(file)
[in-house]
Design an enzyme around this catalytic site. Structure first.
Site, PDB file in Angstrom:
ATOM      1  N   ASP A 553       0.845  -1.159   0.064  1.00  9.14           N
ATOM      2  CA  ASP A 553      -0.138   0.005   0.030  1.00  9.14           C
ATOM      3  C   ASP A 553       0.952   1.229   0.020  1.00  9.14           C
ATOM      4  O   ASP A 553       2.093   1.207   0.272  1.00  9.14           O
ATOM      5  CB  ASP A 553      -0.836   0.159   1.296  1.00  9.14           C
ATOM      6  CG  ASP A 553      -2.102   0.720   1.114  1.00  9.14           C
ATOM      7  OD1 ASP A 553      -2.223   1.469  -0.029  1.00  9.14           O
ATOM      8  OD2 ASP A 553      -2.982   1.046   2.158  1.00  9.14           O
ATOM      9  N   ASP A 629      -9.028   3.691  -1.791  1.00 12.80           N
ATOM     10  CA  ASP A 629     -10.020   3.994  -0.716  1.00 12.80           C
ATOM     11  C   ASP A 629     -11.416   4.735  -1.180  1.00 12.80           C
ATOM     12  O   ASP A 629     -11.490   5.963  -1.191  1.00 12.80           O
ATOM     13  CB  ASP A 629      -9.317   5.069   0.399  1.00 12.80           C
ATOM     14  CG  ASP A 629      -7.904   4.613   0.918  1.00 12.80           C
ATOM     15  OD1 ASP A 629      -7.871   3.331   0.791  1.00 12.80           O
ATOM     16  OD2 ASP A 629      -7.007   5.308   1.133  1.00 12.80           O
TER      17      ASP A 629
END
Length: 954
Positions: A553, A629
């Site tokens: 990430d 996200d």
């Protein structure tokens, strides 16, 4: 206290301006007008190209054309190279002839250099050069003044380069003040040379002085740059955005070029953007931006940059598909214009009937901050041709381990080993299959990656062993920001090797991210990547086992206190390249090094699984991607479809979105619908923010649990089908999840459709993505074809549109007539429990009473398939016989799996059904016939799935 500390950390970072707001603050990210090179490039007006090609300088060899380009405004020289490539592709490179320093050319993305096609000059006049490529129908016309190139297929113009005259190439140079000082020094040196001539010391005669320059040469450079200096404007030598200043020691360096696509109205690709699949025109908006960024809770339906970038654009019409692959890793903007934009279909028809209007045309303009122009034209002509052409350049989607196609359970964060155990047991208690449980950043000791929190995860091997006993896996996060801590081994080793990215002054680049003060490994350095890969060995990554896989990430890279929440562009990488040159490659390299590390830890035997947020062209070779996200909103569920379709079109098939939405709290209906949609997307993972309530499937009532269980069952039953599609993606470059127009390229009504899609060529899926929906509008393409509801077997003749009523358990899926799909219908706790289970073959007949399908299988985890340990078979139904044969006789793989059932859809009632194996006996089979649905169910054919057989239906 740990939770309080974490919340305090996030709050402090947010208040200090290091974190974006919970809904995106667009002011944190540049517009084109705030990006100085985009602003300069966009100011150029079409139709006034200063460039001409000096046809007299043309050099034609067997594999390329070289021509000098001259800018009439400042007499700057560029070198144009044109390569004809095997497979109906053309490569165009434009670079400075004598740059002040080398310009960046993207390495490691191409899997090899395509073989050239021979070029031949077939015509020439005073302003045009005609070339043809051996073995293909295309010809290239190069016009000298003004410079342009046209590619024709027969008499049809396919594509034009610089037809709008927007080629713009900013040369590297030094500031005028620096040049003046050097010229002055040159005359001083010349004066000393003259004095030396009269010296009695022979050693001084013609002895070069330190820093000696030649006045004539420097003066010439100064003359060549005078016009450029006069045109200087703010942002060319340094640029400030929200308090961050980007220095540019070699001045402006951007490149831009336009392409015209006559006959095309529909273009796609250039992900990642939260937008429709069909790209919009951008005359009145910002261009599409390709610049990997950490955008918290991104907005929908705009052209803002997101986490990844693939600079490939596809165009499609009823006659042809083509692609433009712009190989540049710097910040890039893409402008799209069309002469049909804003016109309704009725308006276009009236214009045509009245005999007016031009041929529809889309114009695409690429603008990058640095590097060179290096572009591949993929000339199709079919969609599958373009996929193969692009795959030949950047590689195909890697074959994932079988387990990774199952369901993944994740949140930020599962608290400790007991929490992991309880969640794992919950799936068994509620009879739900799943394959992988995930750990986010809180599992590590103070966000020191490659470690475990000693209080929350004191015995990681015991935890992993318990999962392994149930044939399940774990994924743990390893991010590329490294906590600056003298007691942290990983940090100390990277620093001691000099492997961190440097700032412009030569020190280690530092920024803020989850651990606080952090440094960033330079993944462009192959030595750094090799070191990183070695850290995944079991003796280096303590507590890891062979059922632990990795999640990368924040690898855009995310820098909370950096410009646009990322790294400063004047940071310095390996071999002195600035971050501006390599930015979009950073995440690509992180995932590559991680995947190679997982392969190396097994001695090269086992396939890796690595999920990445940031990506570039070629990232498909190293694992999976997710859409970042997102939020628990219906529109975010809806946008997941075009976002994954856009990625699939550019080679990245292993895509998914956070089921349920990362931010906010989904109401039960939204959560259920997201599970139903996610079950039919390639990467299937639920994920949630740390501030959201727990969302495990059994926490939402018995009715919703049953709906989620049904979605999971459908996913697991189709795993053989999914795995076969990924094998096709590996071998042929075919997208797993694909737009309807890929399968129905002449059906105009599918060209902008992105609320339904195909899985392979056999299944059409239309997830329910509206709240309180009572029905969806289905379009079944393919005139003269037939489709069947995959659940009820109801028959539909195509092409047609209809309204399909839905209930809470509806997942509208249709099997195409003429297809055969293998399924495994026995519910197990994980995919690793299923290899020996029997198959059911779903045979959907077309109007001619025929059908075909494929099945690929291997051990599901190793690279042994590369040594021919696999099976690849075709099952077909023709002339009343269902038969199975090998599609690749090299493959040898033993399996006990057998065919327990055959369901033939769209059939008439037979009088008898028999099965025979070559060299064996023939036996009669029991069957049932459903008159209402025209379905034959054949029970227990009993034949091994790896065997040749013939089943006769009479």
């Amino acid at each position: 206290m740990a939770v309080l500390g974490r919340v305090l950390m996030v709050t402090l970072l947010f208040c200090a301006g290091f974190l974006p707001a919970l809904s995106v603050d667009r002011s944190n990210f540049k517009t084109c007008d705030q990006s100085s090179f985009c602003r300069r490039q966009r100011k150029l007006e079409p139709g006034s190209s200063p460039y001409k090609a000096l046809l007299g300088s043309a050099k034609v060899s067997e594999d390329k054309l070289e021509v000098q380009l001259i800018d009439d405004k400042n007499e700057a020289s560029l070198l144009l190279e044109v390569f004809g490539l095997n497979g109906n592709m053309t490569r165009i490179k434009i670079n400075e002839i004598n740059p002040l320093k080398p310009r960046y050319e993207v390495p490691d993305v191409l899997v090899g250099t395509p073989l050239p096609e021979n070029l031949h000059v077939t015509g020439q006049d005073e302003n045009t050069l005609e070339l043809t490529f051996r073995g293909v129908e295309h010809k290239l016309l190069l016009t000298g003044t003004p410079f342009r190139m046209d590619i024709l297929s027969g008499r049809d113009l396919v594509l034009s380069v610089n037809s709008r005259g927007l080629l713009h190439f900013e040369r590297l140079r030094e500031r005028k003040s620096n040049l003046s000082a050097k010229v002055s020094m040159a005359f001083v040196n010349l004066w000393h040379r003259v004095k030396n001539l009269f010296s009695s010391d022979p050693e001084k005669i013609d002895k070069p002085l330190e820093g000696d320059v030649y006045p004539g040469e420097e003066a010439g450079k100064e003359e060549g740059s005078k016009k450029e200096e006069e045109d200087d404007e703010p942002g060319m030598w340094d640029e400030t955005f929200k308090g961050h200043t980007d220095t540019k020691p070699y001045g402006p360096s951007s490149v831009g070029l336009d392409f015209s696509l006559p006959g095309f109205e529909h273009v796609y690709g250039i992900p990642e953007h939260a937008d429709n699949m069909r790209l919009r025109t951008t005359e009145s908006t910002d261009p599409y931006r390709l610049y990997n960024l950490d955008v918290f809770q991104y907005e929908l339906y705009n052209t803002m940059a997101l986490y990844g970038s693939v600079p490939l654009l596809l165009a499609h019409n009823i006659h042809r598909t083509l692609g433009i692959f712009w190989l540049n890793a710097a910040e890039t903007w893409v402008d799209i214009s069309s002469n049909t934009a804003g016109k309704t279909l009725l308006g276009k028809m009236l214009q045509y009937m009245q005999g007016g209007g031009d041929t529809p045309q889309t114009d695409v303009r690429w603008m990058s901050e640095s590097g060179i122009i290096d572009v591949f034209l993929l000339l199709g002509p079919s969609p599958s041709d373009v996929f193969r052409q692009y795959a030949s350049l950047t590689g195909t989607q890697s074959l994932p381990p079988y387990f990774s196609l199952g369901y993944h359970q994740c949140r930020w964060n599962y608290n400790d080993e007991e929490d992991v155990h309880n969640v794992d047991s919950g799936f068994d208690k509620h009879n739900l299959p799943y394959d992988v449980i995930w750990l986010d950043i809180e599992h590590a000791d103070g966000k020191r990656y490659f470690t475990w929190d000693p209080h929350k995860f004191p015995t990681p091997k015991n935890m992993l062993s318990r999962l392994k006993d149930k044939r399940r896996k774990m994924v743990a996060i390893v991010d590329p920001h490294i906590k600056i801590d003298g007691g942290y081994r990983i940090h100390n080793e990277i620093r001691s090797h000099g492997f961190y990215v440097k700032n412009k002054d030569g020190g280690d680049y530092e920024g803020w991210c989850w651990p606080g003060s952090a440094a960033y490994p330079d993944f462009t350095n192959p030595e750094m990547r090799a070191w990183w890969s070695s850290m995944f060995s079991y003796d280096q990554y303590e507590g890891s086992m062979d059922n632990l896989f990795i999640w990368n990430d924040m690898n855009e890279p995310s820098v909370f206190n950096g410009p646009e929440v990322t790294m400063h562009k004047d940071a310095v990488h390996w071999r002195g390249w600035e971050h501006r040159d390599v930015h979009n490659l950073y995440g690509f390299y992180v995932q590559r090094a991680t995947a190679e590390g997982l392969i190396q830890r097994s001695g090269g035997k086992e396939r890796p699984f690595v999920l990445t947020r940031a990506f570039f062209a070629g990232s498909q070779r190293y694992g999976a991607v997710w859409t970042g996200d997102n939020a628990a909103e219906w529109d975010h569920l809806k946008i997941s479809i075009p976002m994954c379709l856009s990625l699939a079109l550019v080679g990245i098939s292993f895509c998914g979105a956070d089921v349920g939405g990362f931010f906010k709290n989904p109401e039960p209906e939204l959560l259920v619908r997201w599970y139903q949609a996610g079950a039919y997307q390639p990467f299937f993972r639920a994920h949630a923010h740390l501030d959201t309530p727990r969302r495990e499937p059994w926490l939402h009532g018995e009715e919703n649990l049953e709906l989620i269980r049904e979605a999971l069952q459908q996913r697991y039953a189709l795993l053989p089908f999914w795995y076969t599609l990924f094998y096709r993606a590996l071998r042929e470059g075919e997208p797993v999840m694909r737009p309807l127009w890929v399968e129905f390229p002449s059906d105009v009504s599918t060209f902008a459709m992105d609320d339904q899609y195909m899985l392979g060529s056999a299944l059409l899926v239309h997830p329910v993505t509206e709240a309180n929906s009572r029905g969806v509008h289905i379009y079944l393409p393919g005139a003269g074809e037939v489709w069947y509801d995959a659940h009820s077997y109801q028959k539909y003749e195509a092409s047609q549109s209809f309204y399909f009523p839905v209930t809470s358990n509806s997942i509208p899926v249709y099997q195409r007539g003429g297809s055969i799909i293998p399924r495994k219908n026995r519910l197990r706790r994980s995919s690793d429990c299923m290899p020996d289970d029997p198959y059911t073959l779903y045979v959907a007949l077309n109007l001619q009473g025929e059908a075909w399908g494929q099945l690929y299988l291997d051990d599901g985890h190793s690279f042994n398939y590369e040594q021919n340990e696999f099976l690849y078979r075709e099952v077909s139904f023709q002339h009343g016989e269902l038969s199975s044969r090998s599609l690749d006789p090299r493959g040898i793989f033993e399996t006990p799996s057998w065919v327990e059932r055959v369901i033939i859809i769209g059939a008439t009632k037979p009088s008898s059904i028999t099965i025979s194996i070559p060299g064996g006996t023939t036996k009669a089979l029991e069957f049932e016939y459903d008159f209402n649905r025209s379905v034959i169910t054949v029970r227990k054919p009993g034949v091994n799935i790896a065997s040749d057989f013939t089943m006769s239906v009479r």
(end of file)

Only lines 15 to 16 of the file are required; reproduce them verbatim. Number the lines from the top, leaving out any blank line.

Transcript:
ATOM     12  O   ASP A 629     -11.490   5.963  -1.191  1.00 12.80           O
ATOM     13  CB  ASP A 629      -9.317   5.069   0.399  1.00 12.80           C